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Very simple question, does the Flash (Barry Allen) have superhuman strength?

The reason I ask, and just as one example of him appearing to be very strong, is when he pushes the truck to save the villagers in Justice League (2017).

In my eyes, it would take a very strong person to do what he does, such as push a truck that weighs that much as fast as he can run. OR , is it the case that he is actually slowed down when pushing the truck, and the fact that he moves so fast means that we as the audience can't tell that he isn't running at full speed?

What I am trying to say is, that it is all relative. When a normal person pushes a truck, they do so at a slow speed and is very noticeable, but because the Flash uses the Speed Force, it seems really fast to us, when in reality, he is going really slow in comparison to his normal speed, like a normal human does. So he is in fact not using super strength , just the Speed Force?

Or, does the Speed Force give him super strength?

I am not sure how the Speed Force works in cases like this, but any clarification would be great.

I would prefer it if there were an answer for the DC Extended Universe, but if not, a canon answer on whether the Flash has super strength.

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The Flash does not have super-strength - his only power is his super-speed, and the many (MANY) implementations that ability has.

He's been able to use his speed in ways that could be said to approximate super-strength. The Infinite Mass Punch is a good example - he accelerates to (near) light speed, giving the punch incredible force due to its relativistic mass.

In the case of the scene in the film, he's pushing a truck in neutral, which isn't that hard. He applies force to the truck via great speed - it may take longer to get moving, but once it gets started, can could get it going at a good clip.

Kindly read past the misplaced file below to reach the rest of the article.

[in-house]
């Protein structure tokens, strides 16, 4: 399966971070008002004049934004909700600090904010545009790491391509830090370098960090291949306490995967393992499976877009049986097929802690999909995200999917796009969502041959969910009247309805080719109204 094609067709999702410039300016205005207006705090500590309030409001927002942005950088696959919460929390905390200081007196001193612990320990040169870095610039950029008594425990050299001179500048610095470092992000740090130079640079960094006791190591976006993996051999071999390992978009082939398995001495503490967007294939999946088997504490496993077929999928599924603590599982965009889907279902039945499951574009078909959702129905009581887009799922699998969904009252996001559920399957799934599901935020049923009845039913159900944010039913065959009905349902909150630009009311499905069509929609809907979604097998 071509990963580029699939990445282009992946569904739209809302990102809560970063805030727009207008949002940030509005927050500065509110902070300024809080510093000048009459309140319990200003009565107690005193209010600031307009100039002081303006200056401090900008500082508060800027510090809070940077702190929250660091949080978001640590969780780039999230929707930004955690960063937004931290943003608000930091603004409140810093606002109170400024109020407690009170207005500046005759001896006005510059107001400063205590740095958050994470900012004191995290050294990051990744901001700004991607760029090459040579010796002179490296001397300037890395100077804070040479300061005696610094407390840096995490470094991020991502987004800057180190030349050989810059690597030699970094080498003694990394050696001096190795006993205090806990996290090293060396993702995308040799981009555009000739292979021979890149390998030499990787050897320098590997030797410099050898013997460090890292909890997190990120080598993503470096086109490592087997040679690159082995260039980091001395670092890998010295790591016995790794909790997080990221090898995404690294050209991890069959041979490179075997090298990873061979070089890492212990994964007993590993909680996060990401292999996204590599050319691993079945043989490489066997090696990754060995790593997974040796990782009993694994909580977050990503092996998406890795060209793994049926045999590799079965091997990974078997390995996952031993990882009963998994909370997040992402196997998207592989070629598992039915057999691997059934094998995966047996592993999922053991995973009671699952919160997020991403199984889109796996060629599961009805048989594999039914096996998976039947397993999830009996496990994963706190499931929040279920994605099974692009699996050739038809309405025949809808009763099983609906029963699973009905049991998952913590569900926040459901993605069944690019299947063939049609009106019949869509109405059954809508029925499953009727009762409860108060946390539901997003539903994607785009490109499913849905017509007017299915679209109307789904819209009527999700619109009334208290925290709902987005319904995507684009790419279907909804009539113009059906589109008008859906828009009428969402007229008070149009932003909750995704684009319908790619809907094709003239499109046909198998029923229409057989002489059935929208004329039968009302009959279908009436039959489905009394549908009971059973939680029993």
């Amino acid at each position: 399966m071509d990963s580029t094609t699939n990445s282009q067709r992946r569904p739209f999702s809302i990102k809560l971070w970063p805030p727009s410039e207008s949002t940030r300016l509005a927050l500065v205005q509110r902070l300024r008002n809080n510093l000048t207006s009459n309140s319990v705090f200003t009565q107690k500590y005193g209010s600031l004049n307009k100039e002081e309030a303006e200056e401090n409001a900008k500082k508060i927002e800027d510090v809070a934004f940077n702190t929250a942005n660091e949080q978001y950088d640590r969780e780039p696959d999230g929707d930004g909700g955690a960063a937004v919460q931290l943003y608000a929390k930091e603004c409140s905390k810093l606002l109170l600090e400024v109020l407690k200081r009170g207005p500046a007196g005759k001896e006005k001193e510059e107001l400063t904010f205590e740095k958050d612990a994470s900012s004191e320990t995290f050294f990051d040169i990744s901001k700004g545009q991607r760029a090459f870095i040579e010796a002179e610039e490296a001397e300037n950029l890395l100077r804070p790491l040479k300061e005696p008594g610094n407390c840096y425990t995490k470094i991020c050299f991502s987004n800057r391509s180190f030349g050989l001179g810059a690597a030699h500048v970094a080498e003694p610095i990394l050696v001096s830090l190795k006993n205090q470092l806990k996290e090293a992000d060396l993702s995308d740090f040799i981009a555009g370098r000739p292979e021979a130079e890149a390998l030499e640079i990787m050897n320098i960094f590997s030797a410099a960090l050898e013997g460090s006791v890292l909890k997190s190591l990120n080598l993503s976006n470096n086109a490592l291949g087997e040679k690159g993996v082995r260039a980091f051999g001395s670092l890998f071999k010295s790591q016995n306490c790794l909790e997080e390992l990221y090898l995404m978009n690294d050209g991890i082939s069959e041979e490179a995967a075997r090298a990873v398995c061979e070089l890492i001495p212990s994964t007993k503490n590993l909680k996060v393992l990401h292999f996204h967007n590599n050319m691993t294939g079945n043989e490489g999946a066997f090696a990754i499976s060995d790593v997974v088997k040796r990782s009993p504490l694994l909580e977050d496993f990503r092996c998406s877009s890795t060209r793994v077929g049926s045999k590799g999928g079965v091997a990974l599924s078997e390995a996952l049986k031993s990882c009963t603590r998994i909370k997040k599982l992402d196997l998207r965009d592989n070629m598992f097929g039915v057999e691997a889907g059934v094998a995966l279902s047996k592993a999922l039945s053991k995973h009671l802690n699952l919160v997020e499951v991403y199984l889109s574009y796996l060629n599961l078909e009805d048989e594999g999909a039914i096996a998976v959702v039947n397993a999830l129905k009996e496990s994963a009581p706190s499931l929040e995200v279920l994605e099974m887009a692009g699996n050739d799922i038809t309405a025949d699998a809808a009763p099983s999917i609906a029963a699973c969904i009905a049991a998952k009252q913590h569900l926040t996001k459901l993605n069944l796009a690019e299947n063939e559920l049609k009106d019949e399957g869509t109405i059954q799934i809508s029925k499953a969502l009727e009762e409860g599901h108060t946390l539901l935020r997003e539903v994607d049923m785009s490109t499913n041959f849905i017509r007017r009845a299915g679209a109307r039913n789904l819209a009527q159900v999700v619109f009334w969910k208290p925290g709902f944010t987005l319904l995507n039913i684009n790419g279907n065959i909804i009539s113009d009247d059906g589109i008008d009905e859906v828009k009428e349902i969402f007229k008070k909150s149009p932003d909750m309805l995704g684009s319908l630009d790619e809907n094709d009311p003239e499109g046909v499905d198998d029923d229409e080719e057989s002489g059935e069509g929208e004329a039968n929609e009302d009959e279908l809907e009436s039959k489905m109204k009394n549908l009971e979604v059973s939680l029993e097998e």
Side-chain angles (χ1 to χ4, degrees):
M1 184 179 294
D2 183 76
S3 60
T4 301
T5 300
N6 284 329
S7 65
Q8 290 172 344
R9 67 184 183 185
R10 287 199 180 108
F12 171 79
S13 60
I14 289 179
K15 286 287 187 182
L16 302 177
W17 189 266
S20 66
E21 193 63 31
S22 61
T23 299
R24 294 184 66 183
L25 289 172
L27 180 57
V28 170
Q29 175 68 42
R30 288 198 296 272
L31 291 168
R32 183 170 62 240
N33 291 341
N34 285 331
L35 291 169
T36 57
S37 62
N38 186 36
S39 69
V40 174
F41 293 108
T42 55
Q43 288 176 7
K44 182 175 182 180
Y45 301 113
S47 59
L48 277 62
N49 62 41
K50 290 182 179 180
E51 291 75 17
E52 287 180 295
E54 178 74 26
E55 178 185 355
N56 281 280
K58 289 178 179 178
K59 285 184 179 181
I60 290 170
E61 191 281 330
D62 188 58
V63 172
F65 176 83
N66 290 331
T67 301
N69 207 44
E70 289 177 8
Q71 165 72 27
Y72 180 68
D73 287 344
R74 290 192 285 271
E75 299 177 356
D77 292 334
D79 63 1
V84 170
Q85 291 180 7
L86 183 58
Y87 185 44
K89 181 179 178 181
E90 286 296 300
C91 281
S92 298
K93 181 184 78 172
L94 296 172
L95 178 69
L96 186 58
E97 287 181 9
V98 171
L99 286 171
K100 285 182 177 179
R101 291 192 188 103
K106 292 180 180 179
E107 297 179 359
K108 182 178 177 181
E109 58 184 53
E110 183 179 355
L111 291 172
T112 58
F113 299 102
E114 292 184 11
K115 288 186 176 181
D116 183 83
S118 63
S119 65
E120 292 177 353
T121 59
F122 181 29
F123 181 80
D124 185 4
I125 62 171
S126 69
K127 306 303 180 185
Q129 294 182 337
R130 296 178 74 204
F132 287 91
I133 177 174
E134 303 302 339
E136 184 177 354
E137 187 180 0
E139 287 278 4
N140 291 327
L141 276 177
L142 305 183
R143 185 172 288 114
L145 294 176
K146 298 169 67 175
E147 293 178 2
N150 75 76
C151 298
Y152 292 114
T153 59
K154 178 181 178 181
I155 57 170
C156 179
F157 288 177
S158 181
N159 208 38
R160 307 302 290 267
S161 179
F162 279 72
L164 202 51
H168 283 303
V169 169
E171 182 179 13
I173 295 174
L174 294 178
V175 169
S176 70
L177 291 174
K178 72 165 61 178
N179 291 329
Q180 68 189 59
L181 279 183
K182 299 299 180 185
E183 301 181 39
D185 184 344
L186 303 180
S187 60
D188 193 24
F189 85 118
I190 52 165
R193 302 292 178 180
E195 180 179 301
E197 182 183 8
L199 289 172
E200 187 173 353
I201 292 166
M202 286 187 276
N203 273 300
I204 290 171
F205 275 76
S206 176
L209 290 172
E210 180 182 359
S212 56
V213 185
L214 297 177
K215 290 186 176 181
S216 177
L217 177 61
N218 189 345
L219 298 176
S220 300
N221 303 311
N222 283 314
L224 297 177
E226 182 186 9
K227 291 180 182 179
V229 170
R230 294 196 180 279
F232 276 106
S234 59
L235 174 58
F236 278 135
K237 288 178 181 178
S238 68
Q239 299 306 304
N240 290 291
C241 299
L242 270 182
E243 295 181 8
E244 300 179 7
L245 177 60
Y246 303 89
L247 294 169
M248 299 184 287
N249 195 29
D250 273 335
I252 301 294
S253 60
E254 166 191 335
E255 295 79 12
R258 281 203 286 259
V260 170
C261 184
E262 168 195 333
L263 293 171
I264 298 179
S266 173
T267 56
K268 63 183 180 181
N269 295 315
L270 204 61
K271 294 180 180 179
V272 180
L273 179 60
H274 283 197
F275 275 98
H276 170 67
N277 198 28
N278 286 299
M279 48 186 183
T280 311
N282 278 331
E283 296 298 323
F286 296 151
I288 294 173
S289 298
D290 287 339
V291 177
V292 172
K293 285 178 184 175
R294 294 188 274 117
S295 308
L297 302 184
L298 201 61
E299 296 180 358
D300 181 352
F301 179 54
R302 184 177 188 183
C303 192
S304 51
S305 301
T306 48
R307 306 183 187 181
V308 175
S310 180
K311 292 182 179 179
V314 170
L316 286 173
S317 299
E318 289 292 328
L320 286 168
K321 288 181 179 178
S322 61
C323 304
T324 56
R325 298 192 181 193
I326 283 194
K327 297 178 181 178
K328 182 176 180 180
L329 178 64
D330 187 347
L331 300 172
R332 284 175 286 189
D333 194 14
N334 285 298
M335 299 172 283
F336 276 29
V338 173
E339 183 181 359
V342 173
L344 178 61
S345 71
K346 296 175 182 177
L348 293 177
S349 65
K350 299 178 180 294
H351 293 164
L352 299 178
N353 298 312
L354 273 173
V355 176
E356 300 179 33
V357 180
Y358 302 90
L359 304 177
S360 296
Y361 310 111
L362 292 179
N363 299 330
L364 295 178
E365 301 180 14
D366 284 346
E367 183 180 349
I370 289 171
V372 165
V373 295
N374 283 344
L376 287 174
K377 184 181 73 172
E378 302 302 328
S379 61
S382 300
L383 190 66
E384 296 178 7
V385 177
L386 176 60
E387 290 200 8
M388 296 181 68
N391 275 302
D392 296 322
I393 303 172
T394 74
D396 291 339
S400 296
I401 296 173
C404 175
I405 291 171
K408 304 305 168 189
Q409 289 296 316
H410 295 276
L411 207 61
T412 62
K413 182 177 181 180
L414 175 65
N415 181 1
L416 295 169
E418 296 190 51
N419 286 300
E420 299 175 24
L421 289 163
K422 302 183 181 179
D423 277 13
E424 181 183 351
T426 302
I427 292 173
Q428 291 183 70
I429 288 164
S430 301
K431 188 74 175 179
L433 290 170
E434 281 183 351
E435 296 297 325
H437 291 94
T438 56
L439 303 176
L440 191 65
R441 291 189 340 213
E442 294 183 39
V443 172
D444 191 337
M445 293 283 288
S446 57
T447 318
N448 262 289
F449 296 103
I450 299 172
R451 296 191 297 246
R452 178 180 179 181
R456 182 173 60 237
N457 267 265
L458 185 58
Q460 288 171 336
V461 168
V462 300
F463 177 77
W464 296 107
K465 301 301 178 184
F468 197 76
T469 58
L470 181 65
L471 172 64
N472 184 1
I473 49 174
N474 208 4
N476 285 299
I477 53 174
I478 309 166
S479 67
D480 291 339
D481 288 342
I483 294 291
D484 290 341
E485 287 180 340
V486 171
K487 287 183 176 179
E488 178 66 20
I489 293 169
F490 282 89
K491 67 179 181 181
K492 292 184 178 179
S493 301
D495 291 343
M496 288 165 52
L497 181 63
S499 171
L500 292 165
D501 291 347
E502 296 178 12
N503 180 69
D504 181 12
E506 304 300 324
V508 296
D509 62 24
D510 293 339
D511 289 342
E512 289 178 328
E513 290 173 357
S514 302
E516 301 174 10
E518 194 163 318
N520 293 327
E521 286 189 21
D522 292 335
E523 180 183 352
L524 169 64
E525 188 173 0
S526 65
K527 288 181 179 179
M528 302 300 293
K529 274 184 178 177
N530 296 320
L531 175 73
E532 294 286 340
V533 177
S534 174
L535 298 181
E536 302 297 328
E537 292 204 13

To summarize, he can apply a great deal more speed to a force equation, resulting in a great deal of force.

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From the clip you shared, it does not require a whole lot of strength to move a car with parking brakes disengaged. It would take a little while to get it to speed but that's it. His super speed just make the work faster.

Actually stopping the truck without tearing its tailgate is more difficult but let's stay he stopped it from the front and went back to the back to make sure the girl is okay. :)

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    Whilst this is well reasoned it would be better if you could tailor it back to the question. i.e. does he have super strength or not?
    – TheLethalCarrot
    Nov 9, 2018 at 13:41
  • Unfortnuately, I can only answer based on the clip you showed and my knowledge in broken down cars ! :) I cannot prove he doesn't have it, just that it was not required in this precise instance. Now that you point it out, my answer is kinda useless, sorry about that !
    – Pierre P.
    Nov 9, 2018 at 13:45
  • Just a note that I am not the OP. Also this answer isn't useless it does address the question from its premise but it is more of a partial answer than a complete one.
    – TheLethalCarrot
    Nov 9, 2018 at 13:46
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Force = Mass.Acceleration (Isaac Newton's Second Law of Motion). Therefore, when the Flash is running at his incredible speeds he would therefore increase the force of his punch for example. During these times it would have to be said that he has super strength. In your video clip it looks like he just starts pushing it normally, and the strength is increased exponentially as he begins to accelerate.

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There is a scene in Zack Snyder's Justice League, where the Flash saves a girl in a car accident then comes to a screeching halt that destroys his shoes and the pavement under his feet. I would think he would have to have some kind of strength / ability, beyond just being fast, to be able to do that and not hurt himself in any way.

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  • I agree. The incredible inertial forces The Flash would experience would require him to be physically enhanced in some way. His high-speed punches would pulverize normal human bones. That doesn't necessarily mean that he could lift a huge weight above his head, but "Strength" would become an uncertain topic when discussing such a person, one needing a higher level of constraint.
    – JohnHunt
    Oct 29, 2021 at 18:00

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